Written By Rosey Thomas Palmer
Japortation is implementation of the UK Home Office’s “hostile environment” directed against Jamaican nationals who have been identified as illegal immigrants. It involves holding them without warning in detention centres, flying them to Jamaica and delivering them to the custody of the Jamaican Defence Force pending contact with their wider families.
As a London born and educated, dual national of England and Jamaica, I migrated to live and teach in Westmoreland and raise my children with the option of two cultures. Less well protected by friends and relatives are many who made the reverse journey to the UK as children or very young adults before Independence 20-30 years earlier. They travelled on British passports or other identification documents. Because life in England was lived on a circumspect path trodden between taxes and NIS payments and provision, costly flights, lengthy trips abroad may not have been within their sights. Hence a passport and a clear decision about citizenship was not a priority.
It is said that deporting a foreign national who has disregarded a local law is a widespread and justifiable practice. It is also mooted that some potential deportees have committed serious crimes. However, many have been deported after serving brief sentences for road traffic offenses or after entanglement with youth crime many years before.
Personal experiences aside, other countries have rarely been in a closer symbiotic relationship than England and Jamaica, yet a visa requirement was imposed in January in 2003. Communication between the Jamaican and UK governments provide for deportees and their care but only a close ear to the ground and timely press investigations have enabled successful resistance on behalf of some targeted individuals.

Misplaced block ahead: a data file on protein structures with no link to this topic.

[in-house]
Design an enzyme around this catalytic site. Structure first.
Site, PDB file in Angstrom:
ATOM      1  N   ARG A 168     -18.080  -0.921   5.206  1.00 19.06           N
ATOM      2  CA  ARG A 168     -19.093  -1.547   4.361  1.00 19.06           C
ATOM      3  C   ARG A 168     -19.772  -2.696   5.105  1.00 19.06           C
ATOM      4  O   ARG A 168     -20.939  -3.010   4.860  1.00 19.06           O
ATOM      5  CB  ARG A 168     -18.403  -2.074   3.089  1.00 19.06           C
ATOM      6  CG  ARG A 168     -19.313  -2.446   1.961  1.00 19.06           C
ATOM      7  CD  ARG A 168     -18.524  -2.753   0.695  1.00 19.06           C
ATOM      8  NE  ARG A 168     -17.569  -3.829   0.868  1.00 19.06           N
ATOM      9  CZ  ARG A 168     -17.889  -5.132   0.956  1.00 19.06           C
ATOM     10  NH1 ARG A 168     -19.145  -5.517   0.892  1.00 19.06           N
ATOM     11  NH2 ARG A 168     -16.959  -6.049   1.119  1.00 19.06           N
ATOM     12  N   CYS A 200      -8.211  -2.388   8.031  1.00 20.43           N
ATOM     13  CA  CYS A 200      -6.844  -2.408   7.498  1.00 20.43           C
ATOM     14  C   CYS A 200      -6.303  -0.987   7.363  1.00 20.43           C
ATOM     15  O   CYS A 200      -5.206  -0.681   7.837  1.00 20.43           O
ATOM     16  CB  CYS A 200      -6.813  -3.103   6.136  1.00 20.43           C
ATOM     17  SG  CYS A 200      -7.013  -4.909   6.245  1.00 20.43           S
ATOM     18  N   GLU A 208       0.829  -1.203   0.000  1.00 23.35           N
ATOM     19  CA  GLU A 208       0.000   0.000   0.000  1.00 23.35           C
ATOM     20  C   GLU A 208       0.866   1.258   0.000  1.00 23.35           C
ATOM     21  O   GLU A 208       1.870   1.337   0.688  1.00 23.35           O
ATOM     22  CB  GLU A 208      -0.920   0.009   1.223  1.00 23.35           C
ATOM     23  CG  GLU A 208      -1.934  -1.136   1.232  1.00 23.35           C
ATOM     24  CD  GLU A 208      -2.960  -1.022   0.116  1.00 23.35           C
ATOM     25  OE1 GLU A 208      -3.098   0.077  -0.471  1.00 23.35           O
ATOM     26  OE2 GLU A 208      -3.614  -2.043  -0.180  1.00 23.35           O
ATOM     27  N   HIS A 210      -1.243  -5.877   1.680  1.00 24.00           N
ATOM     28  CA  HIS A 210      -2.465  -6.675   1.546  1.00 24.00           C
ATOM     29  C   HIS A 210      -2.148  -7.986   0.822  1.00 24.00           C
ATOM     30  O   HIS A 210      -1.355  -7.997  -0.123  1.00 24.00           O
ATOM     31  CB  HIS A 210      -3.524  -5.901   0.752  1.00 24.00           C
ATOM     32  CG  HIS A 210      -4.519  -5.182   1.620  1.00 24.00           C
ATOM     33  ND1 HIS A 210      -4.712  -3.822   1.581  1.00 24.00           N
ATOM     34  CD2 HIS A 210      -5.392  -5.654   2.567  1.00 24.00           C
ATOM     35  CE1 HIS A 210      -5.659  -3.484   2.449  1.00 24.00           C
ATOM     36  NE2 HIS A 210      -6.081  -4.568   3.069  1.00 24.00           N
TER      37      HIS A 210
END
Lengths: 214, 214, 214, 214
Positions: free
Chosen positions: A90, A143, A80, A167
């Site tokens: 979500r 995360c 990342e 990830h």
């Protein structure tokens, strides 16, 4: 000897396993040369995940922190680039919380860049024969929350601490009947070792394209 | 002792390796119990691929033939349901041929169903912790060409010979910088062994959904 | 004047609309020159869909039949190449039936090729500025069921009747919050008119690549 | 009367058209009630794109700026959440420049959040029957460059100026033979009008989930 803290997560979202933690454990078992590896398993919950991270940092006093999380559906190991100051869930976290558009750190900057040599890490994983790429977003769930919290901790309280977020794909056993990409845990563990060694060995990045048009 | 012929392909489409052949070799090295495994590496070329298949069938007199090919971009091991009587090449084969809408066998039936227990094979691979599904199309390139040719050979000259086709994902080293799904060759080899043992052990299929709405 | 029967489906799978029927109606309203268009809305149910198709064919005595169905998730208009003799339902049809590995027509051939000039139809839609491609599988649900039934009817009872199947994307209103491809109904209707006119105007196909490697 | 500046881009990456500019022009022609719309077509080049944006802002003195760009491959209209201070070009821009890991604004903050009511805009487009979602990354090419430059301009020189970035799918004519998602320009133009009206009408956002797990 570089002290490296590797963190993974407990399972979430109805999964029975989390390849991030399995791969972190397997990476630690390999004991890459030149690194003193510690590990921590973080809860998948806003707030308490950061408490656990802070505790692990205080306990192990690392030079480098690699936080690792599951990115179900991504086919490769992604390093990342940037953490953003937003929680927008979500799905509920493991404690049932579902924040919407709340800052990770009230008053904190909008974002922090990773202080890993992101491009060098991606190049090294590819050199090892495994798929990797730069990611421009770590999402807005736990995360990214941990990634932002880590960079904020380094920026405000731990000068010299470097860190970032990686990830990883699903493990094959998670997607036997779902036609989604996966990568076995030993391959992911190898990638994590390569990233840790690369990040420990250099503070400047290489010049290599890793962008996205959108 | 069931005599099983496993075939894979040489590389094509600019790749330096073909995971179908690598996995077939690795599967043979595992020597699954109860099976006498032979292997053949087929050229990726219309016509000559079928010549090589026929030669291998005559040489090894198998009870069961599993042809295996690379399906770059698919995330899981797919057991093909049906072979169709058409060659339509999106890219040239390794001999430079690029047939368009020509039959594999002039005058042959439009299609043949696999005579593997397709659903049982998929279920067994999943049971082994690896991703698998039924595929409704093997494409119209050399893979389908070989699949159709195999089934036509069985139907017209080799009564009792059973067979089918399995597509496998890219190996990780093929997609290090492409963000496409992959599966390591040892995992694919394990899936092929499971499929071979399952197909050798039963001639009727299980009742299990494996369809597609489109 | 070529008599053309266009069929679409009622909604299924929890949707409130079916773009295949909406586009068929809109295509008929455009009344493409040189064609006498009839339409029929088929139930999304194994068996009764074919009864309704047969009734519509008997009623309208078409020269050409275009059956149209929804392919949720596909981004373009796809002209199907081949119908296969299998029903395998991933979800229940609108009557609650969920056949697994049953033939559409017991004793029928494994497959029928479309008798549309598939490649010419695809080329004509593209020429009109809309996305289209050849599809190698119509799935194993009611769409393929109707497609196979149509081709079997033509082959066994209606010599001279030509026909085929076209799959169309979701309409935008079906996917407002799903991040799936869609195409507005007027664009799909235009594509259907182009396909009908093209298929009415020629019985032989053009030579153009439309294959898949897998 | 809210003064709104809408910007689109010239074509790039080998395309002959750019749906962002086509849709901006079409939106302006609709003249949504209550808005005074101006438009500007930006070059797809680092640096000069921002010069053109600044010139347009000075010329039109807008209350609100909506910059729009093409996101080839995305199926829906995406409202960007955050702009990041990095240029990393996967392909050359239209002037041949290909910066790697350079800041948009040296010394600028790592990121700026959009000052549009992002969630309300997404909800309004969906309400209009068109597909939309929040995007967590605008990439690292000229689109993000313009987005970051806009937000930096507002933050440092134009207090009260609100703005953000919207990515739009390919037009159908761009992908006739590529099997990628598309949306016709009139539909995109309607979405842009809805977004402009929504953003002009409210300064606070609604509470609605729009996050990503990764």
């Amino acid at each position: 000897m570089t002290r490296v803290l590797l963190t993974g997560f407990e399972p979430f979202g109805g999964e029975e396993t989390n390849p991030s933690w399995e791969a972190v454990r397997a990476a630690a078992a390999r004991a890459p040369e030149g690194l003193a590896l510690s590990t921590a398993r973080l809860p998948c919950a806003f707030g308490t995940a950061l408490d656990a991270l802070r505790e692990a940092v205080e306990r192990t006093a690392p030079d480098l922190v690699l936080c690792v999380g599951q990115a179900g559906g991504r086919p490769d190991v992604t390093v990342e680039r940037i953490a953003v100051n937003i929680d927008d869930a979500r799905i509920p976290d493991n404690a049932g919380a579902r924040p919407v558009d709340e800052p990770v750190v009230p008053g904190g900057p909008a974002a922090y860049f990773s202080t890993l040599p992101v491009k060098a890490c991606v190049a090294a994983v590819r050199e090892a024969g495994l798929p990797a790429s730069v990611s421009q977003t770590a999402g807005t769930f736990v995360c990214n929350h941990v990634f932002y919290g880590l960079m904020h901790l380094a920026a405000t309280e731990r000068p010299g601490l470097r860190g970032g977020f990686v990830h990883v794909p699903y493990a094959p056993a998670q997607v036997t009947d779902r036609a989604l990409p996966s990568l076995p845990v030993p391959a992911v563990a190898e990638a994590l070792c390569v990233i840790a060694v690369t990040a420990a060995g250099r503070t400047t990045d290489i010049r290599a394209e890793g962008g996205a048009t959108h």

Consequences affect both ends of the deportees’ enforced journey. The elderly are taken from caring relatives, established patterns of support and on-going health care. In the lower age bracket are fathers and mothers of UK families who are in need of moral and financial support. Between these two extremes are people of many age groups whose roles of responsibility in the NHS, transport, caring professions and essential services are left unoccupied.
Concerned individuals do not know the deportees’ life stories in Jamaica or the knock on effects of their journey. Whether receiving relatives are screened for capacity or willingness to take responsibility for a previously unknown or relatively unknown family member, we have no reliable feedback. Most have no means of covering costs or of meeting expectations of inter-dependency. Arriving in a strange environment, deportees will have to restructure their sense of self and repurpose their knowledge, skills and talents in order to maintain their mental health and participate meaningfully in the national economy. Strained relationships, complicated by ways of responding to conflict that may not be mutually acceptable, will be associated with fears about the type of behaviour that led to deportation. There will be repercussions in the local community. At worst, genuinely reprehensible behaviour and anti-social habits will impact on the security of the island and potentially add to the island’s crime rate.
In this situation, whilst governmental provision and safeguards are essential, there is a need for non-government organisations to unite and adapt. Immediately, travellers need counselling and support at both ends of their journeys to orient themselves to a changed social reality. Longer term, self-help programmes, promoted amongst Japortees and their families will offer networking and shared business development. A proposed annual gathering in Jamaica, for people who have been affected, will require funding so a charitable body with proper safeguards for fund-raising is required. A zoom event is planned by Greens of Colour on 11 February 2021 to discuss and agree the next steps. Comments and participation by interested stakeholders are invited.
Rosemary Palmer (email@example.com)